lunedì 10 maggio 2021

In the Heat of the Sun (Yang guang can lan de ri zi) - Wen Jiang

durante la rivoluzione culturale cinese il padre di Monkey deve andare via, in qualche brigata per la rivoluzione.

il ragazzo si innamora di Mi Lan, che ne sa più di lui.

questo corteggiamento è l'anima del film, e già da sola vale la visione.

poi alla fine tutto cambia, si è diventati adulti, ma il periodo della giovinezza non tornerà mai più.

il film termina con i ragazzotti arricchiti, che prendono in giro lo scemo del "villaggio".

buona visione - Ismaele



QUI  il film completo, con sottotitoli in portoghese



In the Heat of the Sun is both fantastical, a rose-tinted look back at Mao's heyday, and startlingly naturalistic. Xia Ju gives an astonishing performance that deservedly netted him Best Actor at Venice (he remains the youngest ever recipient of the award). Whatever the attraction between Monkey and Mi Lan, its exact nature is never explicitly spelt out. Our hero's hormones are clearly swaying his thought processes - the cast are bathed in sweat or semi-clad for a great deal of the running time, and it's obvious Monkey sees Mi Lan as an object of desire - but part of his maturation stems from his slow realisation he's begun to feel something different for her than either directionless lust or puppy love for an older, wiser woman. 'If she's not your girlfriend, then what?' Monkey's angry father demands, and the boy's silence speaks volumes…

da qui


The film's politics, though, are implied -- mere shadows on its margins. Jiang's camera, wandering at will through space, and tracking and backtracking through time, embodies an absolute freedom just out of reach of the film's principals. Ostensibly a nostalgia film about the Cultural Revolution's "good old days", this film is much more: a self-consciously post-modern, post-"fifth generation" dismantling of the modern Chinese realist film; an ironic, romance-drenched interrogation of the possibility of eros and passion in a totalitarian era; and a meditation on the traps and opportunities afforded by creative mis-remembering.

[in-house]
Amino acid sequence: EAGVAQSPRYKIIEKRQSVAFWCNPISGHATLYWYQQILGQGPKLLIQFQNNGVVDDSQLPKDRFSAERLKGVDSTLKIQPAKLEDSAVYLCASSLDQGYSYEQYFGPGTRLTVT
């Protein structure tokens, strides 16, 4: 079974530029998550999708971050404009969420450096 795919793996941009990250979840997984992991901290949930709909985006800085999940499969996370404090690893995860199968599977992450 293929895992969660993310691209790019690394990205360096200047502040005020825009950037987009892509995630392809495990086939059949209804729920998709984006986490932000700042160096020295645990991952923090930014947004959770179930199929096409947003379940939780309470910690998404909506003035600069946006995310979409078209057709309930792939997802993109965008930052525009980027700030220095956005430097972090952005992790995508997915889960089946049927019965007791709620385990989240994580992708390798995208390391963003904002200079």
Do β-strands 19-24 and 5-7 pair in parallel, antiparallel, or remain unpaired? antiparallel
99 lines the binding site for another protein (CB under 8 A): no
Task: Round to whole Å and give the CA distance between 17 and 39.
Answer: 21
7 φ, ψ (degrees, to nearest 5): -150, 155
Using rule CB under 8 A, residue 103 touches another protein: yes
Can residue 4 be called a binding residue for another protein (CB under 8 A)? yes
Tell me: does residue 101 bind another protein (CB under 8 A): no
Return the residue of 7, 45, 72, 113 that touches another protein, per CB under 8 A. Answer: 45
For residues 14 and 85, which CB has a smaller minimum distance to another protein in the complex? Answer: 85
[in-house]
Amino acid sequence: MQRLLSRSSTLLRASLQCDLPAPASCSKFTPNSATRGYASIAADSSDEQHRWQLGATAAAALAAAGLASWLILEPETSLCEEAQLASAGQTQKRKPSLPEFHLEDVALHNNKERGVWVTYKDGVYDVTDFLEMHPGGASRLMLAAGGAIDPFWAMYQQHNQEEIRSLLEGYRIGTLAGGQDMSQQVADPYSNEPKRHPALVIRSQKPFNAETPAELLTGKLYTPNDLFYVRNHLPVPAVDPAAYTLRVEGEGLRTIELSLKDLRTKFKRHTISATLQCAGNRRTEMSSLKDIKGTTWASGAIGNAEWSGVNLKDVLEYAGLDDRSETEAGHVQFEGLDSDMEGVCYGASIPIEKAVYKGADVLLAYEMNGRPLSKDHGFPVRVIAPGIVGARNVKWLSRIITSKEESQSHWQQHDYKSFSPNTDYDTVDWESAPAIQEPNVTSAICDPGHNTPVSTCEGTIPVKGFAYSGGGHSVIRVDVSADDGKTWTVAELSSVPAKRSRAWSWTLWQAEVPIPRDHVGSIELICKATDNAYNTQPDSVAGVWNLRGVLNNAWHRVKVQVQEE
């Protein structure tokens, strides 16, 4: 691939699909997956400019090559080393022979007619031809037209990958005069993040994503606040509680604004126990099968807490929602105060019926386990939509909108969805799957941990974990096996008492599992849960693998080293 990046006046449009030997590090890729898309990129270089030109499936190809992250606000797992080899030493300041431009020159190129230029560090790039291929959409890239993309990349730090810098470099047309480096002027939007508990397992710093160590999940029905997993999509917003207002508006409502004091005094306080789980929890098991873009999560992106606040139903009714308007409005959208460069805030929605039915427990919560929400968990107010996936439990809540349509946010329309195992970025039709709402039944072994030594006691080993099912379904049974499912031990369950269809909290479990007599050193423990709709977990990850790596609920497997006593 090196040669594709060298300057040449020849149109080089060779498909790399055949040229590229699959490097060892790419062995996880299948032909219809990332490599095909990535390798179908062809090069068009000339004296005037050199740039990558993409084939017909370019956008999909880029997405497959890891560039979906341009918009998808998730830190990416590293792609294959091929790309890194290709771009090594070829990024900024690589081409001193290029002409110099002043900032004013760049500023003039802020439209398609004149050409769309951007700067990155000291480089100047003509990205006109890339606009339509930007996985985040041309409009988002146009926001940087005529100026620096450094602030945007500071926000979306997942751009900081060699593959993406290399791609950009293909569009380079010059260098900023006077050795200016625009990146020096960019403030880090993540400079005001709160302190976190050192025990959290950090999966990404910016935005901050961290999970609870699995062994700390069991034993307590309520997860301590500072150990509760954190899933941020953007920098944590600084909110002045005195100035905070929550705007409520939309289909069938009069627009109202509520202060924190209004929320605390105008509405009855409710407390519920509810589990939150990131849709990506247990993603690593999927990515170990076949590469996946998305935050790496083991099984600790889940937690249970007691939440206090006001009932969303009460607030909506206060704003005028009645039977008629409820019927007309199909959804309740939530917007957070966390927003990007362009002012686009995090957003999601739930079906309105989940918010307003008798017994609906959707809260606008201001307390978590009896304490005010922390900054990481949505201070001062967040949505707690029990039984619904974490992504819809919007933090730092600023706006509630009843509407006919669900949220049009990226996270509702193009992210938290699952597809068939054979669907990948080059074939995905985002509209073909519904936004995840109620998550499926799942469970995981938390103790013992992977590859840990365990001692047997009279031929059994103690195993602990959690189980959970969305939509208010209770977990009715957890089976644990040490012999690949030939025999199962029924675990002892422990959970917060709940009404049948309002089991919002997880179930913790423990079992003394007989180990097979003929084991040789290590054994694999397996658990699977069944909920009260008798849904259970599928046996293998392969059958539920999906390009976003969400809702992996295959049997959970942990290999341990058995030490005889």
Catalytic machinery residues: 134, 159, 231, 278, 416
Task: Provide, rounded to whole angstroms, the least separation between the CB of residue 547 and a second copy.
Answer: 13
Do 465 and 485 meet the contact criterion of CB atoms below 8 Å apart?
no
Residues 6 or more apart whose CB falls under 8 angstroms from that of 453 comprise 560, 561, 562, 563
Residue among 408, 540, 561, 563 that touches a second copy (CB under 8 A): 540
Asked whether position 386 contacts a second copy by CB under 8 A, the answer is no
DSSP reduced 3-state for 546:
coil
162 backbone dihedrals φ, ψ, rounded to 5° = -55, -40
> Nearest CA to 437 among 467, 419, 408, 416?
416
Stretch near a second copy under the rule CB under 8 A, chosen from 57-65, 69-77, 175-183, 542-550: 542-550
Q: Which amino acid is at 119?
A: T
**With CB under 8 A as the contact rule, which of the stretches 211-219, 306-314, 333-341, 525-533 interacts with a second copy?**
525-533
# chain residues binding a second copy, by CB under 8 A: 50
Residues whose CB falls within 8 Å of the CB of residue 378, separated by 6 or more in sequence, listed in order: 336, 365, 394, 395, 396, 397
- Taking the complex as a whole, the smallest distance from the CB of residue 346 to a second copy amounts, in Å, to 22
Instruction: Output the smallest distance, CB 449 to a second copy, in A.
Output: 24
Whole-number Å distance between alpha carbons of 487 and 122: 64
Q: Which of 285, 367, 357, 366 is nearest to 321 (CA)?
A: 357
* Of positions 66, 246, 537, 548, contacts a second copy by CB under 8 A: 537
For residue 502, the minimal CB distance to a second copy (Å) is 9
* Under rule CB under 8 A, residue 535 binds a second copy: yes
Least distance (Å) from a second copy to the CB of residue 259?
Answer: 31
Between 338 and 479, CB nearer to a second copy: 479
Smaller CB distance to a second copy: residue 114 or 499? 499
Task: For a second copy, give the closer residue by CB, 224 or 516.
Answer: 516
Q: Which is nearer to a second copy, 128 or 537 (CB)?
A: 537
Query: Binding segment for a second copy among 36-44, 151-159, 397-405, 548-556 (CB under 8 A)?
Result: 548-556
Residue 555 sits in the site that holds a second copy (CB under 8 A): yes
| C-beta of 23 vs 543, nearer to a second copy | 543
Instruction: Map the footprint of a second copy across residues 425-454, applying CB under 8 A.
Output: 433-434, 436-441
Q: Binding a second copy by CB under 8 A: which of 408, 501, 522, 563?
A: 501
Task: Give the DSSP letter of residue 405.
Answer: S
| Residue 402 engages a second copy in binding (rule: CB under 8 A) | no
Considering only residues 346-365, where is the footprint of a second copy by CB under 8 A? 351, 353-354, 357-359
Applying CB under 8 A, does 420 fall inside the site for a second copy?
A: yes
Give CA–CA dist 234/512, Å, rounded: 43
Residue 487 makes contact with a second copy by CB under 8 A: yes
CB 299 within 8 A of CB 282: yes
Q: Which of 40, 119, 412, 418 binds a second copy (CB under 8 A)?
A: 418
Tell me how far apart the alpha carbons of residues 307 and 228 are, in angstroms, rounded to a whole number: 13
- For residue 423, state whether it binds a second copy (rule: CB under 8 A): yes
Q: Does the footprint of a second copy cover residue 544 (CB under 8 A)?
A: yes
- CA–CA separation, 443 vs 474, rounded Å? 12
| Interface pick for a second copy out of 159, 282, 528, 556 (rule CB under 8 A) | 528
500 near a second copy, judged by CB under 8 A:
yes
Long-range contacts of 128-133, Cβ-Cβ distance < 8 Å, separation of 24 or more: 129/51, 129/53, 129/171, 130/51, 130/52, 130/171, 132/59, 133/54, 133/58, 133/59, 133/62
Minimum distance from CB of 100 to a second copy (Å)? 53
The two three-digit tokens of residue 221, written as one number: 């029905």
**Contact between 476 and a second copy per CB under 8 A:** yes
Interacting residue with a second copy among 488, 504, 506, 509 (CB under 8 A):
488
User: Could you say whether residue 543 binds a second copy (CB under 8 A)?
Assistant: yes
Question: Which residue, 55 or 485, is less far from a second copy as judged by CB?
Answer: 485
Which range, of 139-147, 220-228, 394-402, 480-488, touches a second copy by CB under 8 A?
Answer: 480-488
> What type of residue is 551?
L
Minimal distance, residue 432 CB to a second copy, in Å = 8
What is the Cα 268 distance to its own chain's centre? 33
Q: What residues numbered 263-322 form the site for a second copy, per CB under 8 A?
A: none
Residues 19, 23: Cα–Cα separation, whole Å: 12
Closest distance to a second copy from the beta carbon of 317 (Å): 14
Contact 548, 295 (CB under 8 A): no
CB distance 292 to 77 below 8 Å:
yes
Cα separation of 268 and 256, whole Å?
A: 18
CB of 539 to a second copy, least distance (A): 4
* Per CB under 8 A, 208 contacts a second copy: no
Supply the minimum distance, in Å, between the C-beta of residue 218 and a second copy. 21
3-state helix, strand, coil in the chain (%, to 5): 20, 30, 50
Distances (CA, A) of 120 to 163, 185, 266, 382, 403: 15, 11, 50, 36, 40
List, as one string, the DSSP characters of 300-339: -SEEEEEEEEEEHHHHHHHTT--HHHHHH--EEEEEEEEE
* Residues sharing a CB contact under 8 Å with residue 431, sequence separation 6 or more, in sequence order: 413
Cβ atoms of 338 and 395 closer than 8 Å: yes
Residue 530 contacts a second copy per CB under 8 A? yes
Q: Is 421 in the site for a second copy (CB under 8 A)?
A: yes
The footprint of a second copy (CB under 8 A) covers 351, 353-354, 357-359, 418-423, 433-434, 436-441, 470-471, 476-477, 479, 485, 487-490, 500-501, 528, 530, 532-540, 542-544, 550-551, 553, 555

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“The sunlight was so relentless, so bright, that our eyes were washed in waves of blackness. In the Heat of the Sun. In the raging storms of Revolution. The soldiers' hearts turn towards the sun.” During that summer, Monkey acts out fantasies that make him feel like a hero and talks about characters from Russian novels and films dealing with revolutionary heroes searching for glory. He imagines himself standing up to bullies and enemies of the state in an imagined World War III and, in his fantasy, is willing to die for his country and his honor with women. He fights for his group, sending a rival gang member to the hospital for a month, sneaks into people’s apartments with a self-made key (though he never steals anything), and watches films banned as inappropriate for children by the authorities.  

Monkey’s main focus, unsurprisingly, is a girl whose portrait hanging on the wall of an apartment he let himself into is immediately captivating. His pursuit of Mi Lan (Ning Jing), who is a few years older than him, is, however, fraught with rejection, jealousy of group leader Liu Yiku, and passion that veers out of control. Although Jiang problematically redefines the Cultural Revolution as a period of spontaneity and freedom rather than dislocation and chaos, the film is not about politics but about the perilous transition from adolescence to maturity. Unlike other coming of age films, it is not a reflection of sadness and longing but an odyssey filled with the excitement of a new found freedom and revolutionary ardor.  

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